AMHERST – When it comes to fighting the flu bug, Nova Scotia’s chief medical officer of health says some protection is better than none.
With reports this year’s flu vaccine may not be as effective as hoped, Dr. Robert Strang is still urging residents to get a flu shot to protect them during what could be a busy flu season.
“Even though we get lower effectiveness against the H3 strain of the flu it still provides protection against the H1 strain and the B strain,” Strang said. “Even if it’s not as effective against the H3 strain, having partial protection is better than having no protection. We know people are likely to get it less severe if they’ve been vaccinated as opposed to not being vaccinated.”
Earlier this week, Canada’s chief public health officer, Dr. Theresa Tam, said this year’s vaccine may have limited effectiveness against a particularly strong influenza A strain that appears dominant in Canada this season.
Strang said there has been an uptick in flu activity in Nova Scotia through the last few weeks and things are expected to remain busy through the remainder of the season that traditionally ends in March or April.
“The last few weeks we’ve started to see an increase which means we’re entering that six to eight-week period of peak flu activity,” Strang said. “We normally see it in late December or early January, so we’re right on track and we’ll look for that to continue until late February or early March.”
Strang said two-thirds of the cases to date are to the H3N2 strain, or B – something he said is unusual in that it normally doesn't appear until the end of the flu season. He said the strain is also the nastier of the two and the flu vaccines are less effective against the H3 strain than the H1 strain.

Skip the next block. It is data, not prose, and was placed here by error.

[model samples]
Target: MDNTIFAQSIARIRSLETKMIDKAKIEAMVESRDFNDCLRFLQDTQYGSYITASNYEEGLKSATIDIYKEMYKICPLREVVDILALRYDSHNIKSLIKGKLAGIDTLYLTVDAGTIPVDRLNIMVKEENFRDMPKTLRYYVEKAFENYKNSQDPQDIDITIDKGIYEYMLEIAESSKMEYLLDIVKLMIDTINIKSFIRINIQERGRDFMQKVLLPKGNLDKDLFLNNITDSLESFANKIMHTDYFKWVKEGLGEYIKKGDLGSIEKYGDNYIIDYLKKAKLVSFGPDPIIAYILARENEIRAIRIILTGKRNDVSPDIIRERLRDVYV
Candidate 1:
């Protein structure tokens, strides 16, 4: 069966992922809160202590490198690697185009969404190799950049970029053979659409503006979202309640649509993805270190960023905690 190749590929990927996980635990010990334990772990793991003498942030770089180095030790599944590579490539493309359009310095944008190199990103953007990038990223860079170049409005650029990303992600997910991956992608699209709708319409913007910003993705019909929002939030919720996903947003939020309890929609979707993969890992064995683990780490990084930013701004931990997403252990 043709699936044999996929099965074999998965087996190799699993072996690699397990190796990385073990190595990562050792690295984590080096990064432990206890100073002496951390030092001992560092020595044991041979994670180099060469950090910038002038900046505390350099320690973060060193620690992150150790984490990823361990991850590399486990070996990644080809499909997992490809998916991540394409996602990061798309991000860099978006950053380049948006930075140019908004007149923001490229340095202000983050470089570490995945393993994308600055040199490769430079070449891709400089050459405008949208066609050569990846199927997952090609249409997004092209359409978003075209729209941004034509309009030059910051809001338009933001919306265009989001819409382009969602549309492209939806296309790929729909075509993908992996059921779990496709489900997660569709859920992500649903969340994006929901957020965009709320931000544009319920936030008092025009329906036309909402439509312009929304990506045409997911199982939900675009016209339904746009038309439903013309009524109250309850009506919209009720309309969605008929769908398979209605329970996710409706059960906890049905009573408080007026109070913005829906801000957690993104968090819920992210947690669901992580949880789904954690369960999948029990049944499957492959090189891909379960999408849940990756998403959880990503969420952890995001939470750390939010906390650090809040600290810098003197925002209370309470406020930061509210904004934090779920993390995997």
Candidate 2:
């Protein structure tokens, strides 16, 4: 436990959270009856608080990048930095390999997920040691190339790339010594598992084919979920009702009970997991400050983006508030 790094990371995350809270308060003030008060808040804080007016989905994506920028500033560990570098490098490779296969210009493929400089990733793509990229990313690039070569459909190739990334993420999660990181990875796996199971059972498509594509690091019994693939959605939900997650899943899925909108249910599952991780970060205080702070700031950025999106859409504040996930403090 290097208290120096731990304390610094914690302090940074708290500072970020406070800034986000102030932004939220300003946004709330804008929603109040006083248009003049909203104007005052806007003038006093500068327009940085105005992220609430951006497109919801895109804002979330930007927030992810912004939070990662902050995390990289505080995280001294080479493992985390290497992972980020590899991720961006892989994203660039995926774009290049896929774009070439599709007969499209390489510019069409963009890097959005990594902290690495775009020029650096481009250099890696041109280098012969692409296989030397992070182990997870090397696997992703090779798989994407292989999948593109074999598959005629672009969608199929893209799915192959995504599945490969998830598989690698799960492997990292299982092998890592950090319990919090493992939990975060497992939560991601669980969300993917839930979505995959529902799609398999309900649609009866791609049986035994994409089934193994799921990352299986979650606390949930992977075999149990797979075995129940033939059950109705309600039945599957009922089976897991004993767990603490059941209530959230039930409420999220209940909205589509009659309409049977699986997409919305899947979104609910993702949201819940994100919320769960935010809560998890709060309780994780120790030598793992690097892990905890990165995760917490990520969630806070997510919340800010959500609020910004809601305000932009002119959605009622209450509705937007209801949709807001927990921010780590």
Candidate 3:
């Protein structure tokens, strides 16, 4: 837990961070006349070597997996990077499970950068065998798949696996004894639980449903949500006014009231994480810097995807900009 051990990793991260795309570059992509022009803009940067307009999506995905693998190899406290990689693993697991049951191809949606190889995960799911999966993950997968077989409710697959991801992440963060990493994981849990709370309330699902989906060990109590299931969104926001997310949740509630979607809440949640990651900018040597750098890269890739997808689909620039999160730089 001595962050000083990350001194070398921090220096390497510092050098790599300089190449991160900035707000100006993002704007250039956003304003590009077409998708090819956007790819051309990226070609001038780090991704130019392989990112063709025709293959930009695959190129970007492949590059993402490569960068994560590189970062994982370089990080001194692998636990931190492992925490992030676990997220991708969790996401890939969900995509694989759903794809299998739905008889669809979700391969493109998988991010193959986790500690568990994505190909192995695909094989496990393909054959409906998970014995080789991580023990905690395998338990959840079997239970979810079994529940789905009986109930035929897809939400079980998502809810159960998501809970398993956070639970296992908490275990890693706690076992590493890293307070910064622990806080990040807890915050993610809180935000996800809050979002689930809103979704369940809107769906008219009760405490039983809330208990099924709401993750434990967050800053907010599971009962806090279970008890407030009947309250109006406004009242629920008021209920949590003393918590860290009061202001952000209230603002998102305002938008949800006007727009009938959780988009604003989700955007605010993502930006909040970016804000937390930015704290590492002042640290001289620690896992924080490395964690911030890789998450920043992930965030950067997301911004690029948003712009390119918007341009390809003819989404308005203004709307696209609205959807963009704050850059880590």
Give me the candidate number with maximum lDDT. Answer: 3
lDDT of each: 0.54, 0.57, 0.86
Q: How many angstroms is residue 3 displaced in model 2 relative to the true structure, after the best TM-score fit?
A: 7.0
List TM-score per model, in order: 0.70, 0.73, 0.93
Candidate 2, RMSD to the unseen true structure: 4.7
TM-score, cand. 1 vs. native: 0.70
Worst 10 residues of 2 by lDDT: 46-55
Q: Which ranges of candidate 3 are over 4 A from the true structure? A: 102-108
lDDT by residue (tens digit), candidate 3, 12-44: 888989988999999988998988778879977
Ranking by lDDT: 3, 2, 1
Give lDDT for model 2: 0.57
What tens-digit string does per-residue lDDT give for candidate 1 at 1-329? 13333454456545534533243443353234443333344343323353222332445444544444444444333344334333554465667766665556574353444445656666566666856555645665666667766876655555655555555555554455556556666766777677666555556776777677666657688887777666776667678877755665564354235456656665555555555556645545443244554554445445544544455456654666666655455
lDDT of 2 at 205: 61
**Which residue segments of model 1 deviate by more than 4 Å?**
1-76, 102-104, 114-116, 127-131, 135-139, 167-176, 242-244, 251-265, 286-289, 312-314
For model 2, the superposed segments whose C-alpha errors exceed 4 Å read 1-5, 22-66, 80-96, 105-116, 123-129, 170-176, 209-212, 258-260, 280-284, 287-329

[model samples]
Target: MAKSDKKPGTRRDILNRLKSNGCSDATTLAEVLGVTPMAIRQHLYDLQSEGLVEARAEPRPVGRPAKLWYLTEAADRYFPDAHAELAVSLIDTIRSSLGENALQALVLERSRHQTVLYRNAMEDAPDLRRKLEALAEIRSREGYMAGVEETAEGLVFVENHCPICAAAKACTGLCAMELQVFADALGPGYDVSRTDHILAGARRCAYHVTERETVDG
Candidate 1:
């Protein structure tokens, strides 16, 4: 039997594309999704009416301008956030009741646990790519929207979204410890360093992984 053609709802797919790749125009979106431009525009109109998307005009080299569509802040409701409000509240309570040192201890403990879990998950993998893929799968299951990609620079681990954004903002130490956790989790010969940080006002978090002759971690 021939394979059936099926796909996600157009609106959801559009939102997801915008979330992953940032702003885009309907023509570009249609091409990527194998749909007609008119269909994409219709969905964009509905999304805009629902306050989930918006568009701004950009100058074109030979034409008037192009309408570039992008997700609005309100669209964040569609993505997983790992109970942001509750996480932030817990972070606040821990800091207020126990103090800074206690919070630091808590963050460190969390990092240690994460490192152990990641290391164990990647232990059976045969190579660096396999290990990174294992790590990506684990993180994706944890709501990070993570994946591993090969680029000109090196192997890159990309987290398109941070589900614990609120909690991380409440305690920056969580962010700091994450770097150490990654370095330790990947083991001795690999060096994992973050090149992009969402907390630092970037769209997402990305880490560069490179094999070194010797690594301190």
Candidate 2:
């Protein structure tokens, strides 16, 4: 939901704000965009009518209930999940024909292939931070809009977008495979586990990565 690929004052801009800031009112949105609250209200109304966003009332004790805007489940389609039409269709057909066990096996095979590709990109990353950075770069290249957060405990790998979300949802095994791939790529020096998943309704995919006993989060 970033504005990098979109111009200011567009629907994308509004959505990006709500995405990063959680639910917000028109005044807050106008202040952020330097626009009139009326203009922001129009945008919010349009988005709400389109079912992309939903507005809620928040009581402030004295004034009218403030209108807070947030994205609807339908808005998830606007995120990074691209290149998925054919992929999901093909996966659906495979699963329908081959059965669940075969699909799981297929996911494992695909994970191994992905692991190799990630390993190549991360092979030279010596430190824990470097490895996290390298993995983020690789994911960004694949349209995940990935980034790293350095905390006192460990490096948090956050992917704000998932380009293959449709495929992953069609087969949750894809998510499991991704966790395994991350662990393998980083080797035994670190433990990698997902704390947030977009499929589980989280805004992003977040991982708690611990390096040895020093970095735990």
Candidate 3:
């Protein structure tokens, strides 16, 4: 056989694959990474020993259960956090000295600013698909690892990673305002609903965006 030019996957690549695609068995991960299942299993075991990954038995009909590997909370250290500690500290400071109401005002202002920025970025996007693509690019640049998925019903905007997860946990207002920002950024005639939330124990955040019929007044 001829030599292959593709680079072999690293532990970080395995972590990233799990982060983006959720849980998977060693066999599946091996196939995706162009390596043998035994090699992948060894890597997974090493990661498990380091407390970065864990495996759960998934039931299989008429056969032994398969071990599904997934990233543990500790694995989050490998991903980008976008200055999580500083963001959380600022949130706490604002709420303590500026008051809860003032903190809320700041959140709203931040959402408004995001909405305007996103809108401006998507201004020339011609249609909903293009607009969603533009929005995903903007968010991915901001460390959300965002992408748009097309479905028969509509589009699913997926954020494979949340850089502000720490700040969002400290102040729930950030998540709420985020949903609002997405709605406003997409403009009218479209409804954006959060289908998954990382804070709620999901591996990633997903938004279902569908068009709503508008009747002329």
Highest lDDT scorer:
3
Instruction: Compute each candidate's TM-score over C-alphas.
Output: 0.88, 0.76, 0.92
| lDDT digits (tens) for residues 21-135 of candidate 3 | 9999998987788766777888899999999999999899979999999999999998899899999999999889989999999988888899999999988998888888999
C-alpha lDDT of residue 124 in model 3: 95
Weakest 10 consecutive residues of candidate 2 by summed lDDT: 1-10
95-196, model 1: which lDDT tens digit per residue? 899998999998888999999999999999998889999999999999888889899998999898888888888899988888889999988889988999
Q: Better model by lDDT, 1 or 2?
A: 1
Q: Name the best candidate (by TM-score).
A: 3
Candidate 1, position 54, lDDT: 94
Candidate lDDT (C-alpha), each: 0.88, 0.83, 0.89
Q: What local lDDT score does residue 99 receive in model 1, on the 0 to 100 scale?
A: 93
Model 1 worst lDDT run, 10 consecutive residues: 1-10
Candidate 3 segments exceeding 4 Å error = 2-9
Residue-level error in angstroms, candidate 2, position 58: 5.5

“Because of the predominance of H3 this year, like last year, we’re likely to see a more severe flu season but there’s nothing to suggest we’re still going to be within the range of a normal flu season,” he said.
Strang said it takes a couple of weeks for the flu vaccine to be most effective in fighting off the flu. Because of that, and the fact the peak of the flu season is beginning, he urged people to get their flu shot as soon as possible.
Getting a vaccine, he said, is as easy as talking to a family doctor or going to the pharmacy – especially in the next week to 10 days. There is no cost for a flu shot.
On top of that, he said, something as simple as frequent hand-washing and staying home when sick go a long way toward limiting the spread of the flu.
“Along with vaccination, we always want to emphasize at this time of year things like good hand-washing and if you do have flu symptoms stay home. Don’t go to work or go our in public,” he said. “You’ll get better faster and help prevent the spread of the flu.”